By John McClaughry
Leafing through a new Cato Institute monograph the other day, titled “How Wealth Fuels Growth: The Role of Angel Investment” by Chris Edwards, I extracted a few useful thoughts.
Angels are early money investors who “provide their money, effort and experience to help new businesses grow.. Angel-backed start-ups often pioneer breakthrough products and technologies that create broad-based benefits to society. … Wealthy angels fund startups that pry open rigged industries and generate competition. The best check on big corporations is vigorous competition in deregulated markets from well-funded start-ups.”
“Democrats are now proposing to sharply raise capital gains taxes. If applied to startup investing, that would kill incentives for angels and starve cash from the virtuous cycle in technology hubs of successful investors and entrepreneurs generating wealth and then plowing it back into new businesses.”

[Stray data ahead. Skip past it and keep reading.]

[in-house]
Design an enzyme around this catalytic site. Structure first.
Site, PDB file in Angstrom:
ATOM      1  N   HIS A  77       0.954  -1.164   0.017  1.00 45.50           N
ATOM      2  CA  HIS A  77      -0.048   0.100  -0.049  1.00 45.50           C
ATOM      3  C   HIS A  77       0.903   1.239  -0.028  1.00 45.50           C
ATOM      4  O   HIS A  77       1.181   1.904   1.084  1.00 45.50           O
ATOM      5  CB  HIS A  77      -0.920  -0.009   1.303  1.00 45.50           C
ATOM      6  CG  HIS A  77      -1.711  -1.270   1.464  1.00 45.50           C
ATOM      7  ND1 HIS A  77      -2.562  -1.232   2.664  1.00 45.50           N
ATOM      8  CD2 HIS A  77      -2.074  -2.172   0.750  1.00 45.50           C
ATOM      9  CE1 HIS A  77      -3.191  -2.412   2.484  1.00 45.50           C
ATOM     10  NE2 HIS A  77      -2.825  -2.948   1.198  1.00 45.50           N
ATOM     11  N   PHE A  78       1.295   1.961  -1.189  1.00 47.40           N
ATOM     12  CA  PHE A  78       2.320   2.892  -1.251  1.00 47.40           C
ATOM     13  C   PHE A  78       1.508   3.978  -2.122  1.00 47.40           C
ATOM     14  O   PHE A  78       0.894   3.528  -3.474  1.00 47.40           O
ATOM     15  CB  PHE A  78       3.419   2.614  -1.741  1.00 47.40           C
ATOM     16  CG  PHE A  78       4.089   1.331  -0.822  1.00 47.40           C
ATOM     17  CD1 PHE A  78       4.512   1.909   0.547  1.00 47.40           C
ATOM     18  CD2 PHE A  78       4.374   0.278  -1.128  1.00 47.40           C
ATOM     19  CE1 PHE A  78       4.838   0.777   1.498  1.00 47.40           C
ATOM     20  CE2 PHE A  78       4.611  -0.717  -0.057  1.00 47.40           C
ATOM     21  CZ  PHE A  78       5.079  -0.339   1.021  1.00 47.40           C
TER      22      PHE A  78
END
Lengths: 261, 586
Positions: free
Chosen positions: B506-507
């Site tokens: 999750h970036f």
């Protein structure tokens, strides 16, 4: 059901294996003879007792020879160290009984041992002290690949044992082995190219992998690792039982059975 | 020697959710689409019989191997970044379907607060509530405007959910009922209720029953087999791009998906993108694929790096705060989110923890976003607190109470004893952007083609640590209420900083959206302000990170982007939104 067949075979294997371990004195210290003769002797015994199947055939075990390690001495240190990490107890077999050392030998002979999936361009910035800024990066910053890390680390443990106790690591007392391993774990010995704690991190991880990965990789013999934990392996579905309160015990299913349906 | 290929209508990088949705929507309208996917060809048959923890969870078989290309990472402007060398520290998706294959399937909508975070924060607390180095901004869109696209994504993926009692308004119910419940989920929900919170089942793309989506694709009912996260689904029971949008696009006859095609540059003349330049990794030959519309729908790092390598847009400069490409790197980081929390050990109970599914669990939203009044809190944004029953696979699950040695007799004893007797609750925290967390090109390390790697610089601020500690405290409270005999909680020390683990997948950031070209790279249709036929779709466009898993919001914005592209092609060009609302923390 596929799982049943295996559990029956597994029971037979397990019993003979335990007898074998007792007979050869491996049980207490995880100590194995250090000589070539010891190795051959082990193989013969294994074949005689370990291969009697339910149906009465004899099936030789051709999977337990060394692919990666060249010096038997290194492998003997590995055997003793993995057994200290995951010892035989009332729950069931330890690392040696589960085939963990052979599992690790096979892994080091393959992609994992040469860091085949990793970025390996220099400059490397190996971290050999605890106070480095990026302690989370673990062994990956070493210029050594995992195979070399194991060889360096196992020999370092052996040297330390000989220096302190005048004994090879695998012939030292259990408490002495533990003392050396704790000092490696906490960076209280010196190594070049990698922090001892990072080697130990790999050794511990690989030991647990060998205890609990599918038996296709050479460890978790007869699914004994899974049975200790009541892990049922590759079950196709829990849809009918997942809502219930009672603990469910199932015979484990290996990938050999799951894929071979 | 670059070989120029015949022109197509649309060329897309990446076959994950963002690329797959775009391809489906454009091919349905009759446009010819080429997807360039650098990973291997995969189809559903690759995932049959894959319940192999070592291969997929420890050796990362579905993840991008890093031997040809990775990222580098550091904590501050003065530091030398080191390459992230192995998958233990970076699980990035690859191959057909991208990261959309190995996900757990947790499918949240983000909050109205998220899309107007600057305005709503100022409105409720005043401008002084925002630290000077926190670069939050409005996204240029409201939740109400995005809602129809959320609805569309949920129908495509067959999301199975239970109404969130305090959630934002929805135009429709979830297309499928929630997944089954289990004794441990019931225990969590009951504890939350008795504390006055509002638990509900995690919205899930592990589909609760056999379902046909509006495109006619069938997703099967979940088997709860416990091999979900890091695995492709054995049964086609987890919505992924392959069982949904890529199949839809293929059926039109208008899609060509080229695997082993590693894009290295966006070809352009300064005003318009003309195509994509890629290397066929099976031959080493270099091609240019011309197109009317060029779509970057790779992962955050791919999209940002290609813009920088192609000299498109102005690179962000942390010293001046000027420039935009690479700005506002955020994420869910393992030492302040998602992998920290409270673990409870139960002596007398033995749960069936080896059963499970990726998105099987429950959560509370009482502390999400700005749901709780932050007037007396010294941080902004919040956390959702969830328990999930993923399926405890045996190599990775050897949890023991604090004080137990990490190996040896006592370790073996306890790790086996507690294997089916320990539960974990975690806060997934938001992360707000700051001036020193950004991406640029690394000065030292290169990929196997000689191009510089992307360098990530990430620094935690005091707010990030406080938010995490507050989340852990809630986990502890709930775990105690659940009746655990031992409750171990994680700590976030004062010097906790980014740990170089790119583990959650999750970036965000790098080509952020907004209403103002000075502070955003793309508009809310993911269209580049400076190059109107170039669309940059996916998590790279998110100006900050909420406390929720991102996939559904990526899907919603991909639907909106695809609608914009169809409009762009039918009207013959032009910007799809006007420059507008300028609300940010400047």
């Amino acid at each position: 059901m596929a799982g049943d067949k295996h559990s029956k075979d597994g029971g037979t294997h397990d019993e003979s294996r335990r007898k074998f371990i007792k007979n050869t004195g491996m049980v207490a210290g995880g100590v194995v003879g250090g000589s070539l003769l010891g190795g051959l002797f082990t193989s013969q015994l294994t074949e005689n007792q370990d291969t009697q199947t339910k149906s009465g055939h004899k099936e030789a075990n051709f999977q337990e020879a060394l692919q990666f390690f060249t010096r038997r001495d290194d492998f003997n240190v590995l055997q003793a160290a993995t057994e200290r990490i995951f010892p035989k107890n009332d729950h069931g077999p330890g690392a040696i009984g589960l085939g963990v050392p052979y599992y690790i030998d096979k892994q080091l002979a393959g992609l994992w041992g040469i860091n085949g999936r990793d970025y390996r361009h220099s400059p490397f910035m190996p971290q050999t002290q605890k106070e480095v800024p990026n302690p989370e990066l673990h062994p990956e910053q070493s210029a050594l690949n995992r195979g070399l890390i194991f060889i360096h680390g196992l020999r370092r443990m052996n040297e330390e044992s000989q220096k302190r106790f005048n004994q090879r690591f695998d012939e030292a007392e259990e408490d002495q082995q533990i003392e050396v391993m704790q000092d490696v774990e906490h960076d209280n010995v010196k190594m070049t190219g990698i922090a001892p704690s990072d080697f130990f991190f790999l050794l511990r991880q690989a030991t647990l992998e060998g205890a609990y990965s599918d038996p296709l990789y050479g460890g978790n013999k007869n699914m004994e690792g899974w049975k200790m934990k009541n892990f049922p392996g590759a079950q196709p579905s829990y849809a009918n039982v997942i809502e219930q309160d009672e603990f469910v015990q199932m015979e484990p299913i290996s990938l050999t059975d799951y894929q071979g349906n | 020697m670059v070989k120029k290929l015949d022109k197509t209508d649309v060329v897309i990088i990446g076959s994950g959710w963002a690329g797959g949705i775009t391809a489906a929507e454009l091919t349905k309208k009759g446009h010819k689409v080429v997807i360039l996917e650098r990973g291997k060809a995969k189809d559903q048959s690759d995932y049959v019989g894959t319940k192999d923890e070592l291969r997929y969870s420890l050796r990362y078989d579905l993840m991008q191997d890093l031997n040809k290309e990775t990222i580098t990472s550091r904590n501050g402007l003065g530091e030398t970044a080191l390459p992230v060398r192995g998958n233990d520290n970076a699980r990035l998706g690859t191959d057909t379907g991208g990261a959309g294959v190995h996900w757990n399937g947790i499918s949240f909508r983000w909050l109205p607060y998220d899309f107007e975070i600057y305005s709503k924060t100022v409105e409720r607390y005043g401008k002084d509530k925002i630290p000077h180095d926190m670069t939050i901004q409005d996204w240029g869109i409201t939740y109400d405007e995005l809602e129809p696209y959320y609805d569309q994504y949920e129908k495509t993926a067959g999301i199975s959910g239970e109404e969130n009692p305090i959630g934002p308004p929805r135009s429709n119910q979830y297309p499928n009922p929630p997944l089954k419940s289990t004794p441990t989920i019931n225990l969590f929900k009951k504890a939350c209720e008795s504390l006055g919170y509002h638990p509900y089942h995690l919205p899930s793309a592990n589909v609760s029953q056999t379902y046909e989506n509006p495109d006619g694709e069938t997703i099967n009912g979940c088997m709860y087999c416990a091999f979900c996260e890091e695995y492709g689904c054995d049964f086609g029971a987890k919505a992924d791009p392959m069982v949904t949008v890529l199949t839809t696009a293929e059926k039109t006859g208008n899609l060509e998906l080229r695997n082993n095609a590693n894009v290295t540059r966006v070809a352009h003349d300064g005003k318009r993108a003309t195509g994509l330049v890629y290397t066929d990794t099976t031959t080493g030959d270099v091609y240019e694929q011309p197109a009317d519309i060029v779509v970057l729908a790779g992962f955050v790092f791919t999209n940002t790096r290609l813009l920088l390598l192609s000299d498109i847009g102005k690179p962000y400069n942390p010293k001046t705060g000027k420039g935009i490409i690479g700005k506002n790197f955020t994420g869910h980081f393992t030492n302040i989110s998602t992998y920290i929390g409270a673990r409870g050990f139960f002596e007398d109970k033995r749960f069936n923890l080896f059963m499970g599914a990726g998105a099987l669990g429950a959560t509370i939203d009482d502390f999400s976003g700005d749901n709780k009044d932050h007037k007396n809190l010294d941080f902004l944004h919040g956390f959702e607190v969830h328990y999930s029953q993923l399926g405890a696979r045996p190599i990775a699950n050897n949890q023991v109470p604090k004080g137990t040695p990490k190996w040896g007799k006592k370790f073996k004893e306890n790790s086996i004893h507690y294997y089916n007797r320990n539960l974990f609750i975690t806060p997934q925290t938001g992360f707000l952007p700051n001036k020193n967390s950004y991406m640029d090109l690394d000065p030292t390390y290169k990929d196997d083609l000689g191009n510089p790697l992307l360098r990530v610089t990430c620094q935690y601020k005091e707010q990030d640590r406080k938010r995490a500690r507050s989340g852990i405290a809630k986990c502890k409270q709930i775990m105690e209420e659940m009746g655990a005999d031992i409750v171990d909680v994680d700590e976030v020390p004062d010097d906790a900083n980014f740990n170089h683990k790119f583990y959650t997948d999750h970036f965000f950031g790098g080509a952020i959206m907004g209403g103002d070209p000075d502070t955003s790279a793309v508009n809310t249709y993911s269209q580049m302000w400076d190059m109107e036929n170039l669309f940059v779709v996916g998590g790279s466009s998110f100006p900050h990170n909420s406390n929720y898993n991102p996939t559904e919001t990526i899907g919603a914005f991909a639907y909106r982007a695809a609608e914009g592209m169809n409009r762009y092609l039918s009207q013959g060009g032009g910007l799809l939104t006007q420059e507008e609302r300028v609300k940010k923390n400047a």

“America needs diverse sources of funding for innovative businesses, and wealthy individuals are a crucial source. Wealth is central to the nation’s entrepreneurial ecosystem, which has spawned so many great companies and advances over the decades.”
Leftists like Sens. Elizabeth Warren and Bernie Sanders constantly rail against inequality of wealth. Parenthetically, Bernie and his wife and Warren and her husband each have more wealth than the total of the lowest forty percent of citizens — keep that in mind.
Weeding out tax loopholes that unfairly benefit the wealthiest is worth doing, but destroying the angel investor and venture capital market is a notably bad idea.
John McClaughry is vice president of the Ethan Allen Institute. Reprinted with permission from the Ethan Allen Institute Blog.